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An Introduction to Equalization - A free download from Audio Masterclass

An Introduction to Compression: Basic Compression - A free download from Audio Masterclass

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Further to my comments on recording bass guitar, here is a comment from Roland Pepin. Although I mentioned using a DI box yesterday, Roland's idea is to use a preamp...

Further to my comments on recording bass guitar yesterday, here is a comment from Roland Pepin. Although I mentioned using a DI box yesterday, Roland's idea is to use a preamp. He has some other interesting ideas and, as he concludes, experimentation is always the key to getting a successful sound.

Hello David,

I read the letter describing the problem this fellow was having getting a good bass track recorded, and throughout the entire correspondence no one mentioned running a line from the bass guitar, through a preamp, directly into the mixing console - I always thought that this was kind of standard procedure.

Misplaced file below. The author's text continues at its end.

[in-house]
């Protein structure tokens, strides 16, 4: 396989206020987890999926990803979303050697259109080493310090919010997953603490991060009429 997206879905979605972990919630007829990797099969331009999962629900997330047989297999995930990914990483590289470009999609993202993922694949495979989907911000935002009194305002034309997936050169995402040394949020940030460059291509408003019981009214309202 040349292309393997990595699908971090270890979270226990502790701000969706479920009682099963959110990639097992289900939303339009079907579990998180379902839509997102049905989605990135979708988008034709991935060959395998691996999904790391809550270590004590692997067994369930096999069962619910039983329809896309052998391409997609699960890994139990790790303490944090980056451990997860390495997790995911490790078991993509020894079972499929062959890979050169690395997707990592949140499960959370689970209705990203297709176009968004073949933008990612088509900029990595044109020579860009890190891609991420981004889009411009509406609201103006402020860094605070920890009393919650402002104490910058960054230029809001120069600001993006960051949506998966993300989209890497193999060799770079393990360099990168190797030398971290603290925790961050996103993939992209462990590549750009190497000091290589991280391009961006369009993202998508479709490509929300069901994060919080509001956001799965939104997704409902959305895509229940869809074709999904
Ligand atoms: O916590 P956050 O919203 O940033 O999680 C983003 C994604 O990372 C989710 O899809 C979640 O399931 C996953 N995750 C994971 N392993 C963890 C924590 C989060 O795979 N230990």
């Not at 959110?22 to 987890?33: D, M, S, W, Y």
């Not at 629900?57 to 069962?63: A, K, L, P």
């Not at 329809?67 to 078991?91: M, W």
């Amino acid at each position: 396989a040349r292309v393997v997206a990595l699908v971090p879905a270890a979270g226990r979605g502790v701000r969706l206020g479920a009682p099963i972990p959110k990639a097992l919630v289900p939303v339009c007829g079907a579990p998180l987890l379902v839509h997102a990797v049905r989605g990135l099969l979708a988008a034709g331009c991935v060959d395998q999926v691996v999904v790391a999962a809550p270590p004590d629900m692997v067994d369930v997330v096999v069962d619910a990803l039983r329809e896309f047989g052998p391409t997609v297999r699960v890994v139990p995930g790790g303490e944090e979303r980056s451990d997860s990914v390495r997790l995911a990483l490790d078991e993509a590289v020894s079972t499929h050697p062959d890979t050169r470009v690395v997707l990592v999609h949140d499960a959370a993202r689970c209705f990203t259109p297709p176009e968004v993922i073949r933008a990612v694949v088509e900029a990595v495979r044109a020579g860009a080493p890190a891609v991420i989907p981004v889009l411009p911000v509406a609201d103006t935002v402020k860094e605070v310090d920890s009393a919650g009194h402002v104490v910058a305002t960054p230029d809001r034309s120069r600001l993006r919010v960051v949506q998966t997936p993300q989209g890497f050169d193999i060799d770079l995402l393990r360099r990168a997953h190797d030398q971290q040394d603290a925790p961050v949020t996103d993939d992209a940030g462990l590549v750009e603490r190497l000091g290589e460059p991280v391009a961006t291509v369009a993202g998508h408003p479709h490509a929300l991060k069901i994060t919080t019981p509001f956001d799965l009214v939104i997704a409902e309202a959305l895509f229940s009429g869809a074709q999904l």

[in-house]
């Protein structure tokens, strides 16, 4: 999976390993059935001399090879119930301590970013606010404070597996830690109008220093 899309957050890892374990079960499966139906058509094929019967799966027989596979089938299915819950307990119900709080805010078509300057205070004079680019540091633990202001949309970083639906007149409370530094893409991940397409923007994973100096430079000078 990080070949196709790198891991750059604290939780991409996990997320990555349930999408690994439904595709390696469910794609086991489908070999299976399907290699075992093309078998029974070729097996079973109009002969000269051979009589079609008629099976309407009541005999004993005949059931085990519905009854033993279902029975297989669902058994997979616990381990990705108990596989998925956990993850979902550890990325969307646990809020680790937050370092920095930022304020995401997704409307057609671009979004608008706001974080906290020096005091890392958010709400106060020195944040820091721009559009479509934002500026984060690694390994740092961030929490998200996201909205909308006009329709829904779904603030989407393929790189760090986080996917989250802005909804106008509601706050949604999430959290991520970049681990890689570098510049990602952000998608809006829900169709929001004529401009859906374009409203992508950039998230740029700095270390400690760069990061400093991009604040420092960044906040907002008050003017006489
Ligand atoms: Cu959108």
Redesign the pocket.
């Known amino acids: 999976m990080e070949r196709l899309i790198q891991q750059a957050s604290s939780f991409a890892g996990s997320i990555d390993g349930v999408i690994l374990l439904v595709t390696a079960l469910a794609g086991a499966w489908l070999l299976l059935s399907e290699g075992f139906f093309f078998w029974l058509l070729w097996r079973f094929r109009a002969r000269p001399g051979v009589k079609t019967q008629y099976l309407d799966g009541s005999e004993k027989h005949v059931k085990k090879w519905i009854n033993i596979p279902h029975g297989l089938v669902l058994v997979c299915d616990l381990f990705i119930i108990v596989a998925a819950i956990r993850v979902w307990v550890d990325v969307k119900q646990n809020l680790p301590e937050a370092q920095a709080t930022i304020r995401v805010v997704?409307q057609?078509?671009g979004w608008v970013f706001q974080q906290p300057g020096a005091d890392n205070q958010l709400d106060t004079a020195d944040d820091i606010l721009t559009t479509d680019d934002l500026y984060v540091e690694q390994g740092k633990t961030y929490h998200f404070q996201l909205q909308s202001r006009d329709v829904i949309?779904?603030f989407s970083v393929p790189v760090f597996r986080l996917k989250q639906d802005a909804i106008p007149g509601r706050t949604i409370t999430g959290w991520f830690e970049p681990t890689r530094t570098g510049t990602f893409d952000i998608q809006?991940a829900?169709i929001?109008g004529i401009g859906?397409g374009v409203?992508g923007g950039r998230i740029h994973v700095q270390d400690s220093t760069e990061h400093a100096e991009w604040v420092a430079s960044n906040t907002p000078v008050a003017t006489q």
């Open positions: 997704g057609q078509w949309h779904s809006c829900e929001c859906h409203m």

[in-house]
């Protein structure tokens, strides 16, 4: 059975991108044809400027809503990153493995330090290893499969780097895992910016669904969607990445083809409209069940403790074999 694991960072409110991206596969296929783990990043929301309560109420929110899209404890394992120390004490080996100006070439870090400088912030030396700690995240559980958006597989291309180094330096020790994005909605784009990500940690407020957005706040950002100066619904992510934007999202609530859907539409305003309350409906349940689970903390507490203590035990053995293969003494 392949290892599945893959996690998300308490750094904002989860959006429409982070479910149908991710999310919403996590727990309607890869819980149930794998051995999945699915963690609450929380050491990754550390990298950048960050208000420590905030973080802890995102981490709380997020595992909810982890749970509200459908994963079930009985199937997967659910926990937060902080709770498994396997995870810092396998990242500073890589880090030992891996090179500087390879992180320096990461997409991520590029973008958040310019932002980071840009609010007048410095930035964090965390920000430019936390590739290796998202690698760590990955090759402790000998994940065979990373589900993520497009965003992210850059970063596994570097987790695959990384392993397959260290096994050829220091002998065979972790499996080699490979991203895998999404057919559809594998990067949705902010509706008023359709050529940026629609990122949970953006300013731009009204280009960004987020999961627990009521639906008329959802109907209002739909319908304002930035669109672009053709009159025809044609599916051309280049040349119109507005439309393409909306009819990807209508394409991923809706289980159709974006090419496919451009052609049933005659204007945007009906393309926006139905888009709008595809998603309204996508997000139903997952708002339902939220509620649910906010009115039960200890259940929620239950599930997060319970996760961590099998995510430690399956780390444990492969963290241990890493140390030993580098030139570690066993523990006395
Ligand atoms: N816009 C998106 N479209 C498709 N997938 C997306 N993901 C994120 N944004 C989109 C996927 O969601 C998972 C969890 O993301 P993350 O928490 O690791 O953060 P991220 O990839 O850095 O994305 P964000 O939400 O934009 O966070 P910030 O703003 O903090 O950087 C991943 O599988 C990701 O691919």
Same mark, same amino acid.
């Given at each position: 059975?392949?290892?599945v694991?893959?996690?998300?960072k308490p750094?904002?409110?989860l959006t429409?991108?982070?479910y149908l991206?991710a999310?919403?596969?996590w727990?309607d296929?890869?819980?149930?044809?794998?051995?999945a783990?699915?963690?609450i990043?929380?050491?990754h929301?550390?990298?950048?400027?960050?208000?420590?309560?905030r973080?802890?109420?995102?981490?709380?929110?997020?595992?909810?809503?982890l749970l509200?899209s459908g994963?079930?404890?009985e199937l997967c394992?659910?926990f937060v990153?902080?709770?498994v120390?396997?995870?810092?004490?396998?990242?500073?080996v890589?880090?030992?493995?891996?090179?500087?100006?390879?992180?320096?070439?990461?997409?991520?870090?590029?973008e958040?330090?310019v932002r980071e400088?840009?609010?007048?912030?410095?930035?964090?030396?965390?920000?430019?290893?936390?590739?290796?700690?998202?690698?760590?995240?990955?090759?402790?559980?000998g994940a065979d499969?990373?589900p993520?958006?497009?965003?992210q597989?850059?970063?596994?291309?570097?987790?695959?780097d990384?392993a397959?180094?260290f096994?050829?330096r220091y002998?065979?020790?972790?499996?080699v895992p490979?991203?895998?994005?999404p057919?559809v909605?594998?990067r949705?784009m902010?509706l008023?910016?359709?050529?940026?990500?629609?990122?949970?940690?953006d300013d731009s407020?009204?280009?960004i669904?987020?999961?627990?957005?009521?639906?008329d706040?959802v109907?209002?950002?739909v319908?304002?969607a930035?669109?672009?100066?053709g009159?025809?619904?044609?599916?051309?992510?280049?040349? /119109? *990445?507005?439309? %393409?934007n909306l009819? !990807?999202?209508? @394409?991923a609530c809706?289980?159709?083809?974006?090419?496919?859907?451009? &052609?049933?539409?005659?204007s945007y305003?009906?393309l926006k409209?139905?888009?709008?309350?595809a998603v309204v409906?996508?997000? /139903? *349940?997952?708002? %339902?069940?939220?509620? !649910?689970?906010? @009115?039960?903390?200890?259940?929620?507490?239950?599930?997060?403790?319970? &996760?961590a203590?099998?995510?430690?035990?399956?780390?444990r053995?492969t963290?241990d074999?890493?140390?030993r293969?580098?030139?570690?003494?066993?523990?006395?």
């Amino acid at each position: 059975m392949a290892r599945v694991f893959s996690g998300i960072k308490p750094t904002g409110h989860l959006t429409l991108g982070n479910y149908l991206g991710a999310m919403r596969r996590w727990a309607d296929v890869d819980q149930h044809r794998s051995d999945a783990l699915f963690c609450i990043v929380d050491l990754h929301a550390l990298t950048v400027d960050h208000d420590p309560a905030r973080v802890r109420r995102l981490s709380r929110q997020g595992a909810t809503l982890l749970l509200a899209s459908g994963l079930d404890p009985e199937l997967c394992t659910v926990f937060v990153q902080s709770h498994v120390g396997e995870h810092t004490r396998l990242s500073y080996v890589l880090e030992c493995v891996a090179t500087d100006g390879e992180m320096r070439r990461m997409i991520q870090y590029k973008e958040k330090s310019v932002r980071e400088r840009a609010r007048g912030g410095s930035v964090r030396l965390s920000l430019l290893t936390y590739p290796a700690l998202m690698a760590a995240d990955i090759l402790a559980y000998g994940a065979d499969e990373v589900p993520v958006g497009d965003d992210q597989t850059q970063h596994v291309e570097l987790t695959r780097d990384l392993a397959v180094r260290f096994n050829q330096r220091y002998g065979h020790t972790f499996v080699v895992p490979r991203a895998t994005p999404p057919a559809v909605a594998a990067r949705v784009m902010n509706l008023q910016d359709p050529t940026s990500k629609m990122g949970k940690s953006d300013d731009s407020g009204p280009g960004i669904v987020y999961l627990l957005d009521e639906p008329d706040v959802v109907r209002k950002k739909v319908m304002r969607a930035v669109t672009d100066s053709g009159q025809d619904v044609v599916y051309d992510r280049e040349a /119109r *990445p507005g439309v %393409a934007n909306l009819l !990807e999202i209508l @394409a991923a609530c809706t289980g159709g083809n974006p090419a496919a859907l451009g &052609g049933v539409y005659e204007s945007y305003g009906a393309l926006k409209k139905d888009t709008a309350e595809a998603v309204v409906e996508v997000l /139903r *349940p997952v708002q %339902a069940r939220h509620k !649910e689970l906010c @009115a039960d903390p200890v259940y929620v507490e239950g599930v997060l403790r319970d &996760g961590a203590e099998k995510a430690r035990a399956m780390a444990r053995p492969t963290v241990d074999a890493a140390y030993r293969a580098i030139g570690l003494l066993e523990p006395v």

If he wants to get the guitar amplifier sound, he could run the bass guitar into the amplifier, mic up the cabinet, and take the ext. output from the amplifier and run it into another track (providing the amplifier has an ext. output). Then he could mix the mic'd track and the amp output track to taste.

Also, he needs to get the Bass cabinet off of the ground 3 or 4 feet, and experiment with placing another mic farther away from and lower than the cabinet. Bass signals tend to travel on a downward arc, so if he gives the signal some room to emerge and expand he might notice a marked improvement.

I know that the technique that I just described might possibly require more inputs than he has, but using any one of the alternate techniques may help to solve the problem.

Also, he'll have to level set and keep an eye on any direct line bass track very carefully - we all know what a clipping bass track can do to a mix.

Experimentation is the key. Hope I've helped!

Roland Pepin

By David Mellor Sunday February 11, 2007